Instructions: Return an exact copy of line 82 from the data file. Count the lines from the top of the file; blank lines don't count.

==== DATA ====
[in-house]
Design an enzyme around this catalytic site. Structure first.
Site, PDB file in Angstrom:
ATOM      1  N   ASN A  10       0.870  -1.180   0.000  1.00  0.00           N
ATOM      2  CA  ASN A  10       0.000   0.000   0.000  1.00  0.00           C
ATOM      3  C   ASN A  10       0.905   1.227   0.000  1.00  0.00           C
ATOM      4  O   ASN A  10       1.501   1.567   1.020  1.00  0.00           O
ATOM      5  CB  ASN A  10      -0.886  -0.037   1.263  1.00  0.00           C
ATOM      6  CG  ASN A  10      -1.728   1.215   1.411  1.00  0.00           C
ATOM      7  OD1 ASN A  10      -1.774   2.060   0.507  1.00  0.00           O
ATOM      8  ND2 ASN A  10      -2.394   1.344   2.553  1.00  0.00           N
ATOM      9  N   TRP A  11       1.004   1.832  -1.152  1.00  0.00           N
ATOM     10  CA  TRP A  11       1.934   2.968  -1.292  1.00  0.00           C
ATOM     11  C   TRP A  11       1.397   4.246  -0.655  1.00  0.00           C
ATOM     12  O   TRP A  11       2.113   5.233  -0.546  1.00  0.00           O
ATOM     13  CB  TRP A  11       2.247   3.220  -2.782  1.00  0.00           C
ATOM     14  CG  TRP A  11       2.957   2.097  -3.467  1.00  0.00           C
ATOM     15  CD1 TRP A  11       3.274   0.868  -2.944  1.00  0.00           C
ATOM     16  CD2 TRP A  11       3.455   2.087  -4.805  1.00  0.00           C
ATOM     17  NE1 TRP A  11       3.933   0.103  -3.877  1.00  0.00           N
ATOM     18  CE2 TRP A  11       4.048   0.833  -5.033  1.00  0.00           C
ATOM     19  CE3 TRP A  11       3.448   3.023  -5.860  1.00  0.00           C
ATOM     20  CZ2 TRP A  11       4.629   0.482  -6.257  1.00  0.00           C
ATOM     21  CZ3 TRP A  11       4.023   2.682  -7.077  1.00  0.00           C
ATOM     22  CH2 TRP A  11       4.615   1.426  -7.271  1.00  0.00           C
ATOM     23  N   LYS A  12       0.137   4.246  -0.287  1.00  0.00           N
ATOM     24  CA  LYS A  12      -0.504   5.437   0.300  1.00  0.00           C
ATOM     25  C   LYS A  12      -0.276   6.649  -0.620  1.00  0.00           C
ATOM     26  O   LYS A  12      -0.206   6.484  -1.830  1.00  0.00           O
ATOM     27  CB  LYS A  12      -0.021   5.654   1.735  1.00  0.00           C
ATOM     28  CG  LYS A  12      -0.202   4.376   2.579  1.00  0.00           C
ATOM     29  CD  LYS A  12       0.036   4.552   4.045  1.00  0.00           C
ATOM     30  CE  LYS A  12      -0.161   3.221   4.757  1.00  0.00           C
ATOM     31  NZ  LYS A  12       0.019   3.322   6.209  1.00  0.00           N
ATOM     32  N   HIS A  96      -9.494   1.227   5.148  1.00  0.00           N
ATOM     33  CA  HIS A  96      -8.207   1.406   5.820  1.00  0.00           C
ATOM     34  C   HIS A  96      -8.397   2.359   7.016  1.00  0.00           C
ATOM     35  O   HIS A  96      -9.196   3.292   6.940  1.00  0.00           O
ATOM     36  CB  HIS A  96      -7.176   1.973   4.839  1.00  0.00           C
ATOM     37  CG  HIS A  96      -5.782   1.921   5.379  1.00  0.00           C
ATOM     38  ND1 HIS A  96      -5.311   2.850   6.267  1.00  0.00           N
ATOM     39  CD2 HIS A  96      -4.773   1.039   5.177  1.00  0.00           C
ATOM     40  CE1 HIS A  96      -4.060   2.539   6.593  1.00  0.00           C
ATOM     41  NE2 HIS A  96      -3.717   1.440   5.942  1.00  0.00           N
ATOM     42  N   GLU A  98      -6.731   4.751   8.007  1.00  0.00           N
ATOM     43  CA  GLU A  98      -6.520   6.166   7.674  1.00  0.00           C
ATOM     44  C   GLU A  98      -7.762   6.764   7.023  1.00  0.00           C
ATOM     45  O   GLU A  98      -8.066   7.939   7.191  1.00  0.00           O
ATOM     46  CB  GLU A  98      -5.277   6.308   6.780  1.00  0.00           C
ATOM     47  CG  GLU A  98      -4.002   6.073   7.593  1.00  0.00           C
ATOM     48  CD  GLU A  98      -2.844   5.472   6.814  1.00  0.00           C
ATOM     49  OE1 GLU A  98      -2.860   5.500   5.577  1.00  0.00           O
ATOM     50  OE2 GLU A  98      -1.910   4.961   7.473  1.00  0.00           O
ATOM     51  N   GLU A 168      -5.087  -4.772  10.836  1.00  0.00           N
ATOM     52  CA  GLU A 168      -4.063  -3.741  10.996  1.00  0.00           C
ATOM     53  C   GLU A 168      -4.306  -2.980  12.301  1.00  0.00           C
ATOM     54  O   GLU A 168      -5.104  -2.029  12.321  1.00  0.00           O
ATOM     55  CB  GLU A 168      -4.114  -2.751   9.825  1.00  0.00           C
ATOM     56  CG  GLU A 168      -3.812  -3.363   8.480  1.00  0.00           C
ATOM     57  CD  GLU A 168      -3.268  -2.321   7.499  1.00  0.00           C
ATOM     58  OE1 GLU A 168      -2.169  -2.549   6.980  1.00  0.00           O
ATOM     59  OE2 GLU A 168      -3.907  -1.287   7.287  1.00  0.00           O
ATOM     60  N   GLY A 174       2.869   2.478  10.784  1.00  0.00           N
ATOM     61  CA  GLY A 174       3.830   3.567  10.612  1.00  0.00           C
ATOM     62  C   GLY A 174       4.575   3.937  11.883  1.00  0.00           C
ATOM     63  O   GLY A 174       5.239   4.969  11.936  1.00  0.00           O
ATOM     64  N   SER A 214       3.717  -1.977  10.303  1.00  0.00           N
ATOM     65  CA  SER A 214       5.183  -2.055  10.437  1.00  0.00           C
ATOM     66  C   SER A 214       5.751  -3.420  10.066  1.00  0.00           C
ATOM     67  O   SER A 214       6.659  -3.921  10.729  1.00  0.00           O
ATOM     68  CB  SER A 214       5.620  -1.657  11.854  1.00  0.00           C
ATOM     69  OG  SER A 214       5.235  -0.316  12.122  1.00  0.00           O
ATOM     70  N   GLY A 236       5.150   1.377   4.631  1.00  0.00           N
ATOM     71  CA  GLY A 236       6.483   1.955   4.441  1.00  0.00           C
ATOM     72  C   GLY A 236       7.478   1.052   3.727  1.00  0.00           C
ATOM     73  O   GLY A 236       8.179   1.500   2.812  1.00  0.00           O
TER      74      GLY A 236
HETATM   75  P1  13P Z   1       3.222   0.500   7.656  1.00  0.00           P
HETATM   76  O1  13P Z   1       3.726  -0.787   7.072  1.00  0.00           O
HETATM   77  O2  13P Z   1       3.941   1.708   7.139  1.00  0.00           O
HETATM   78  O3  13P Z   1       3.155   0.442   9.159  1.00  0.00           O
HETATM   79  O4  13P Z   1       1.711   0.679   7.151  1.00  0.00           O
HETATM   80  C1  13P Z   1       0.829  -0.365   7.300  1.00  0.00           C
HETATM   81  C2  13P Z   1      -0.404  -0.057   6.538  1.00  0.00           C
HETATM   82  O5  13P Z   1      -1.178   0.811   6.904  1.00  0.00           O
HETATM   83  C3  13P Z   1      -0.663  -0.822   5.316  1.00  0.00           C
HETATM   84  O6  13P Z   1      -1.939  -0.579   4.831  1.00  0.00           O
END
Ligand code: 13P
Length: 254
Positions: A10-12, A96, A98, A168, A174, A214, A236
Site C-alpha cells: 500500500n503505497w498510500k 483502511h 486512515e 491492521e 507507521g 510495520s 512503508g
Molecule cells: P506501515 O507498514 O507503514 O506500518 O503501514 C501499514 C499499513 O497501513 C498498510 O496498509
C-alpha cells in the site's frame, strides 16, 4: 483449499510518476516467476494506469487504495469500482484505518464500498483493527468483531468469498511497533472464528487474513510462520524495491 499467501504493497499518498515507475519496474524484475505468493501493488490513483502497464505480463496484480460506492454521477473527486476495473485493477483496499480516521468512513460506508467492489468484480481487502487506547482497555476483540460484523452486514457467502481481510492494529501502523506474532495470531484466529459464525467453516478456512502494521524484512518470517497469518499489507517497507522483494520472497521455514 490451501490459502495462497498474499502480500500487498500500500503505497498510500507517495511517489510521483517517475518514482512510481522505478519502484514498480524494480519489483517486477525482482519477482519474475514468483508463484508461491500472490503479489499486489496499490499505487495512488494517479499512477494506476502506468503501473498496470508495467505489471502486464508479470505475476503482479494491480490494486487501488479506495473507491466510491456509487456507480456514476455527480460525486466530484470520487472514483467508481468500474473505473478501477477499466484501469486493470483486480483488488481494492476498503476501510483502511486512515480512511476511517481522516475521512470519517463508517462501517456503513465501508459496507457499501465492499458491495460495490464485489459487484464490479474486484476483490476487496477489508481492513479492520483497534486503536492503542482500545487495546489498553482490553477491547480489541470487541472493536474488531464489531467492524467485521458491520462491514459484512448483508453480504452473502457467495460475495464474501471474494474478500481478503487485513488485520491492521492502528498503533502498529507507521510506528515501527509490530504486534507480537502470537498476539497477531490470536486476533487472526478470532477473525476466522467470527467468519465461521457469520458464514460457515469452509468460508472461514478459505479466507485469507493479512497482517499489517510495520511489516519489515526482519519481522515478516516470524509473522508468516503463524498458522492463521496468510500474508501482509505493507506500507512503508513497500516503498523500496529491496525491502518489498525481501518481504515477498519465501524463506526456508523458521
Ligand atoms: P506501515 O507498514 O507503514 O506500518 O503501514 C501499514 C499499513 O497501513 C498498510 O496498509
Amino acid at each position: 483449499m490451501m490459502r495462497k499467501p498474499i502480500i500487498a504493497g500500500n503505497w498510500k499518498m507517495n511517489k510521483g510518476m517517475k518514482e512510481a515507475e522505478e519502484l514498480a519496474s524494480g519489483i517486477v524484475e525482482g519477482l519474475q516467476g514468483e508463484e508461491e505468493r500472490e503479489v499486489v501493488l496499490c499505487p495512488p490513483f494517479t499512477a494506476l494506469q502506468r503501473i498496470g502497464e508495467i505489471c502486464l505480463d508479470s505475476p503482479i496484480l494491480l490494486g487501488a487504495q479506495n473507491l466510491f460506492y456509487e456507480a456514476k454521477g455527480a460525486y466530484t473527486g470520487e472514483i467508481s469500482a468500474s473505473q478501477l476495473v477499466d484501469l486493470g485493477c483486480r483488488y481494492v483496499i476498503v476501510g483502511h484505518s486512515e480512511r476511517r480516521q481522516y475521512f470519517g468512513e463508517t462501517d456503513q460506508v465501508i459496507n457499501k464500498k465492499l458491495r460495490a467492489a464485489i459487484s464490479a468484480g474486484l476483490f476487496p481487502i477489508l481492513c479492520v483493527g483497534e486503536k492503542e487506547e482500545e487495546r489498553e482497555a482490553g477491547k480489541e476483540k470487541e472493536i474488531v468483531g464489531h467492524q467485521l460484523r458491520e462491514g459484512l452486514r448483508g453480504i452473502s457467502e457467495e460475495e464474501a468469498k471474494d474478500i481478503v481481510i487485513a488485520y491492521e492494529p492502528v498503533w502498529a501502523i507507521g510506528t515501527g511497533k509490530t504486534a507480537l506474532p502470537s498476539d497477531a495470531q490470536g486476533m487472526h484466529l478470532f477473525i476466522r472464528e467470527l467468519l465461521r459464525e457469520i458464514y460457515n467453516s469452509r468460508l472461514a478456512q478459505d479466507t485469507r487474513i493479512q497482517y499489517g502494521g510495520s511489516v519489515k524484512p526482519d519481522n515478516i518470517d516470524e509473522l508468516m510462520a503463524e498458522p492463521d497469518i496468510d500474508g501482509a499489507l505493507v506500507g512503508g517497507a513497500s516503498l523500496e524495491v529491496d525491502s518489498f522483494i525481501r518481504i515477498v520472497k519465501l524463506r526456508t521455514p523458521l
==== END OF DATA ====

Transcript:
HETATM   79  O4  13P Z   1       1.711   0.679   7.151  1.00  0.00           O